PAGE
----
And the seven hours of new History Channel programming on 9/11 includes “9/11: Four Flights,” about planes hurled into towers and the Pentagon and what crashed into a field in Pennsylvania, as well as “9/11 : I Was There”, based on amateur videos (both premiered on the 11th).
These documentaries that recall the day of tragedy tend to be sincere and deeply respectful in tone; in many cases they have been meticulously researched and assembled. (I can’t comment on “Long Island Medium: In Memory of 9/11,” a TLV special that opens on Thursday and promises to bring victims’ families messages from the spirits of their dead loved ones.)
They benefit from two decades of factual research. For years, however, it has been difficult for any new report to match the urgency and punctuality of “9/11”, a film directed by Gédéon and Jules Naudet – the brothers who intended to make a documentary about firefighters and whose work yielded those famous images of the impact of the first plane with the tower—, broadcast by CBS in 2002. (CNN will broadcast it again on Sunday.)
Of course, focusing on the emotion and heroism of the day allows us to let go of everything that happened next. This narrow focus sticks to what we can all agree on.
It is safer, just as it is safer to teach about the American Civil War or the Jim Crow laws as horrors of the past, rather than showing them as events whose consequences are still present today.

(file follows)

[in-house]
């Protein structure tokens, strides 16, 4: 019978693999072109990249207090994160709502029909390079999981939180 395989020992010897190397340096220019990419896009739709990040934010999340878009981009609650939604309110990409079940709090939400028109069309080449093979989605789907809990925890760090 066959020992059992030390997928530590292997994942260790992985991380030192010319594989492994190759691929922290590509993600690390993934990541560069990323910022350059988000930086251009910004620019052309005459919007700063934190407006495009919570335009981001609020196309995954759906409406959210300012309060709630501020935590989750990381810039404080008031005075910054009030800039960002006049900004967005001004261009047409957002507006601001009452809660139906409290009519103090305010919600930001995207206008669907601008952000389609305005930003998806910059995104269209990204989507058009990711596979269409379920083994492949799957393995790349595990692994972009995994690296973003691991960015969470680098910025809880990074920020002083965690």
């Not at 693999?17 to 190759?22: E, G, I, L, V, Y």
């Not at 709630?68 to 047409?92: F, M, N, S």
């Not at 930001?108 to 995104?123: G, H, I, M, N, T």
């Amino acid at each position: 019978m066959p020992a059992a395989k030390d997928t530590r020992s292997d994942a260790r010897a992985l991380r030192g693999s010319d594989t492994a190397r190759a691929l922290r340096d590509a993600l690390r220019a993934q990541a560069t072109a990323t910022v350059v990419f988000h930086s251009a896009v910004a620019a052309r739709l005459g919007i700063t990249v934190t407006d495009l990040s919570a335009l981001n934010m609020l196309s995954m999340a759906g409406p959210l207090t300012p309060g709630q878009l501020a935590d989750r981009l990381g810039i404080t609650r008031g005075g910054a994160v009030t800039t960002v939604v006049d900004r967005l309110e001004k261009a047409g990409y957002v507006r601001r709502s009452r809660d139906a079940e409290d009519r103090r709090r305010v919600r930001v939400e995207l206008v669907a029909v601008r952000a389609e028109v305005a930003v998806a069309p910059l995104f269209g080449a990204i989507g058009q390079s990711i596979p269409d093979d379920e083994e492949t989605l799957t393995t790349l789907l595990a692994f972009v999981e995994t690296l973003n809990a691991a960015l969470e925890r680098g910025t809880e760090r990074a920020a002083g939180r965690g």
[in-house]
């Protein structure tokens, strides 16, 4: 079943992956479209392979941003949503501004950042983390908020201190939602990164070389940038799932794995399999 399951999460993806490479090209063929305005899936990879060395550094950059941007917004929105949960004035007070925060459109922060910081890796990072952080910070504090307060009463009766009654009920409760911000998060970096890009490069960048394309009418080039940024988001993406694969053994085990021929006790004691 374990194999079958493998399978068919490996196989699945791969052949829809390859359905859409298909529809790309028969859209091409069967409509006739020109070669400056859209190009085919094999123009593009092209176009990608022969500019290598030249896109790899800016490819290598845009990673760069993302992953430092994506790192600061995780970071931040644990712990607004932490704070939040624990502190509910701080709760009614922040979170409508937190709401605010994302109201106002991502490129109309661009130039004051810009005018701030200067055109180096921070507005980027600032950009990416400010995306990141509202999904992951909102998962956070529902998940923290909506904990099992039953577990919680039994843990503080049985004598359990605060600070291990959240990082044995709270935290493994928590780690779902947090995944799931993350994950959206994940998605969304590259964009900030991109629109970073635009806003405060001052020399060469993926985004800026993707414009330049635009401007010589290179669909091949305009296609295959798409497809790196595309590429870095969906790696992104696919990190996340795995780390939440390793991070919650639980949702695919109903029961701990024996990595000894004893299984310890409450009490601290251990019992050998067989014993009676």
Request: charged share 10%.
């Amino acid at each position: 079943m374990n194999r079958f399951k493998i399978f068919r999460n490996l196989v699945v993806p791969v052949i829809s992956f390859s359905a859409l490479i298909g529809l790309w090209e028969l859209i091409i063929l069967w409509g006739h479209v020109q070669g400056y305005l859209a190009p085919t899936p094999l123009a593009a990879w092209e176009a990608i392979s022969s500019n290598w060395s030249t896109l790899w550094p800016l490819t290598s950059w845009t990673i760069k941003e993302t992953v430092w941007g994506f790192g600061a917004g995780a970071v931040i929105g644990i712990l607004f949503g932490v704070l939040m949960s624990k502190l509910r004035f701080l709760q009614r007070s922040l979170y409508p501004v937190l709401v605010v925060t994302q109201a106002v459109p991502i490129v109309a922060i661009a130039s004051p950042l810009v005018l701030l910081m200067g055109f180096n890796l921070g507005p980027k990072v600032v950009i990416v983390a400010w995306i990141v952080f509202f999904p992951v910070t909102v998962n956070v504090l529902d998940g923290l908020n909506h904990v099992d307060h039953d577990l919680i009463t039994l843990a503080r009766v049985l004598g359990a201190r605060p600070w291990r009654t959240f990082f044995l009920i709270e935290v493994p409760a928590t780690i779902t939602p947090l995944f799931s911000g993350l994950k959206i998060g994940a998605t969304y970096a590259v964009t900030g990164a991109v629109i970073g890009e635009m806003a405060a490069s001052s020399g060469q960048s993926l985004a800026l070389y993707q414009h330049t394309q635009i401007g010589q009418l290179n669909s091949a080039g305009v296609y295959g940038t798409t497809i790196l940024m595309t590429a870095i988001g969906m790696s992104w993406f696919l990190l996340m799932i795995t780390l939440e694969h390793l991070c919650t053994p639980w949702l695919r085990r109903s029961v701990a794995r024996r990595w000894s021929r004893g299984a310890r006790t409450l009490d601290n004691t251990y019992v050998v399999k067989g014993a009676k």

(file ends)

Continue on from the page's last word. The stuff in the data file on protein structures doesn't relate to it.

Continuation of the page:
The other possible approach is to decide that 20 years, an entire generation, is enough time to treat terrorist attacks as part of a greater historical era.
9/11 is not just in the past, as we can see from the bloody news that comes to us from Afghanistan. For viewers interested in understanding how the attacks led to two decades of military involvement, there’s Netflix’s five-part series “Turning Point: 9/11 and the War on Terror,” which doesn’t shy away from focusing on past intelligence failures. to 9/11 and how the US mission gained scope across several administrations.
The series includes the voices of Afghan leaders and civilians, something that broadens our understanding. September 11, seen as a time, meant a turnaround for more than one country.
But the story of 9/11 is not limited to war and foreign policy, far from it. It affected American politics, internal antagonisms, and even American culture itself.
And two of the most memorable documentaries released on this 20th anniversary present 9/11 as an event that struck America’s democracy and its very soul.
The “America After 9/11” special from the “Frontline” series, which debuts on Tuesday (14) on PBS, features an interesting and disturbing juxtaposition of videos. First we see Republican and Democratic congressmen and senators joining their voices on the steps of the Capitol on the day of the attacks to sing “God Bless America.”
Two decades later, at the same location, an angry mob invades Congress in an attempt to reverse the results of an election.
It’s a provocatively drawn connection, but director Michael Kirk presents it in a lean way: the attacks unleashed a chain of actions and transformations—military quagmires, domestic mistrust and racism, the loss of trust in institutions—that was used by demagogues to undermined democracy and ultimately achieved Osama bin Laden’s goal of dividing and weakening America.
From the first moment, the special argues, America’s response to the attacks was driven by a paradox: Bush’s moral speech and the strategies of his deputy Dick Cheney, who declared that America would have to work with the “dark side” to manage to survive.